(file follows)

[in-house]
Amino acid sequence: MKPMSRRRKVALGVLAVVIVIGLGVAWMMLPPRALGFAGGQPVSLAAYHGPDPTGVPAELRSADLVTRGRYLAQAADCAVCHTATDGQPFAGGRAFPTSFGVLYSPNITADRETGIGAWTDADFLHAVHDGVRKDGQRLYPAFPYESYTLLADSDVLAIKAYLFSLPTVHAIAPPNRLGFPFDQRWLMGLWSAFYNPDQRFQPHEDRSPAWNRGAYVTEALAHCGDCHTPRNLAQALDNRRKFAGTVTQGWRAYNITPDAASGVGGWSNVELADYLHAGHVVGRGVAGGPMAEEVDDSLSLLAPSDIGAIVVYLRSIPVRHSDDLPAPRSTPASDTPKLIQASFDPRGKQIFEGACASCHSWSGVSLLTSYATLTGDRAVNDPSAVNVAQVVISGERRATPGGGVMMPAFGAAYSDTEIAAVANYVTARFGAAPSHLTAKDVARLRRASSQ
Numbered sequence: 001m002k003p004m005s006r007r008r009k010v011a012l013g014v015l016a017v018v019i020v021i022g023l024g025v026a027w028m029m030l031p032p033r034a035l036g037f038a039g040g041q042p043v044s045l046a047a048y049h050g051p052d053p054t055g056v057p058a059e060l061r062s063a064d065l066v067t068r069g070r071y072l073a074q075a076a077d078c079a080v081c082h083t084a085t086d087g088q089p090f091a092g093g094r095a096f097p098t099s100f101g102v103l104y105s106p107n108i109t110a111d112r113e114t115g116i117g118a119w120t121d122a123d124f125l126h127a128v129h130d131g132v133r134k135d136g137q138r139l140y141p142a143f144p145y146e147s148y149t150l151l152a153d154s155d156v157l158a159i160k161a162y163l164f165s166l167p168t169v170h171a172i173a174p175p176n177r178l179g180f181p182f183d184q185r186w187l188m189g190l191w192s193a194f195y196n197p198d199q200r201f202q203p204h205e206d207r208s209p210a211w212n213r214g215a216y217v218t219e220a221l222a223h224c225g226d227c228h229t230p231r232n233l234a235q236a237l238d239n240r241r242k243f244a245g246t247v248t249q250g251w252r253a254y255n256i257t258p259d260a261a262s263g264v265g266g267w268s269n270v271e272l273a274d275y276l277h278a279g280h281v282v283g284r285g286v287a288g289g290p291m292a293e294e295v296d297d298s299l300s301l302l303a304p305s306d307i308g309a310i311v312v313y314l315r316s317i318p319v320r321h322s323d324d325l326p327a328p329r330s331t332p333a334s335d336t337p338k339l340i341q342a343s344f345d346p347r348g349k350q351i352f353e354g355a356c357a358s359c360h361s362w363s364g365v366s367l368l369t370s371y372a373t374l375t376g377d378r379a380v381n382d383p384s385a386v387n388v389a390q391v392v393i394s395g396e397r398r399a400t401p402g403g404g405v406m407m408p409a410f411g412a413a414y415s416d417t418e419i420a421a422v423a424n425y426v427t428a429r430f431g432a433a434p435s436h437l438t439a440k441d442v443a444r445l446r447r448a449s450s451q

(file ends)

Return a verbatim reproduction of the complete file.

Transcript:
[in-house]
Amino acid sequence: MKPMSRRRKVALGVLAVVIVIGLGVAWMMLPPRALGFAGGQPVSLAAYHGPDPTGVPAELRSADLVTRGRYLAQAADCAVCHTATDGQPFAGGRAFPTSFGVLYSPNITADRETGIGAWTDADFLHAVHDGVRKDGQRLYPAFPYESYTLLADSDVLAIKAYLFSLPTVHAIAPPNRLGFPFDQRWLMGLWSAFYNPDQRFQPHEDRSPAWNRGAYVTEALAHCGDCHTPRNLAQALDNRRKFAGTVTQGWRAYNITPDAASGVGGWSNVELADYLHAGHVVGRGVAGGPMAEEVDDSLSLLAPSDIGAIVVYLRSIPVRHSDDLPAPRSTPASDTPKLIQASFDPRGKQIFEGACASCHSWSGVSLLTSYATLTGDRAVNDPSAVNVAQVVISGERRATPGGGVMMPAFGAAYSDTEIAAVANYVTARFGAAPSHLTAKDVARLRRASSQ
Numbered sequence: 001m002k003p004m005s006r007r008r009k010v011a012l013g014v015l016a017v018v019i020v021i022g023l024g025v026a027w028m029m030l031p032p033r034a035l036g037f038a039g040g041q042p043v044s045l046a047a048y049h050g051p052d053p054t055g056v057p058a059e060l061r062s063a064d065l066v067t068r069g070r071y072l073a074q075a076a077d078c079a080v081c082h083t084a085t086d087g088q089p090f091a092g093g094r095a096f097p098t099s100f101g102v103l104y105s106p107n108i109t110a111d112r113e114t115g116i117g118a119w120t121d122a123d124f125l126h127a128v129h130d131g132v133r134k135d136g137q138r139l140y141p142a143f144p145y146e147s148y149t150l151l152a153d154s155d156v157l158a159i160k161a162y163l164f165s166l167p168t169v170h171a172i173a174p175p176n177r178l179g180f181p182f183d184q185r186w187l188m189g190l191w192s193a194f195y196n197p198d199q200r201f202q203p204h205e206d207r208s209p210a211w212n213r214g215a216y217v218t219e220a221l222a223h224c225g226d227c228h229t230p231r232n233l234a235q236a237l238d239n240r241r242k243f244a245g246t247v248t249q250g251w252r253a254y255n256i257t258p259d260a261a262s263g264v265g266g267w268s269n270v271e272l273a274d275y276l277h278a279g280h281v282v283g284r285g286v287a288g289g290p291m292a293e294e295v296d297d298s299l300s301l302l303a304p305s306d307i308g309a310i311v312v313y314l315r316s317i318p319v320r321h322s323d324d325l326p327a328p329r330s331t332p333a334s335d336t337p338k339l340i341q342a343s344f345d346p347r348g349k350q351i352f353e354g355a356c357a358s359c360h361s362w363s364g365v366s367l368l369t370s371y372a373t374l375t376g377d378r379a380v381n382d383p384s385a386v387n388v389a390q391v392v393i394s395g396e397r398r399a400t401p402g403g404g405v406m407m408p409a410f411g412a413a414y415s416d417t418e419i420a421a422v423a424n425y426v427t428a429r430f431g432a433a434p435s436h437l438t439a440k441d442v443a444r445l446r447r448a449s450s451q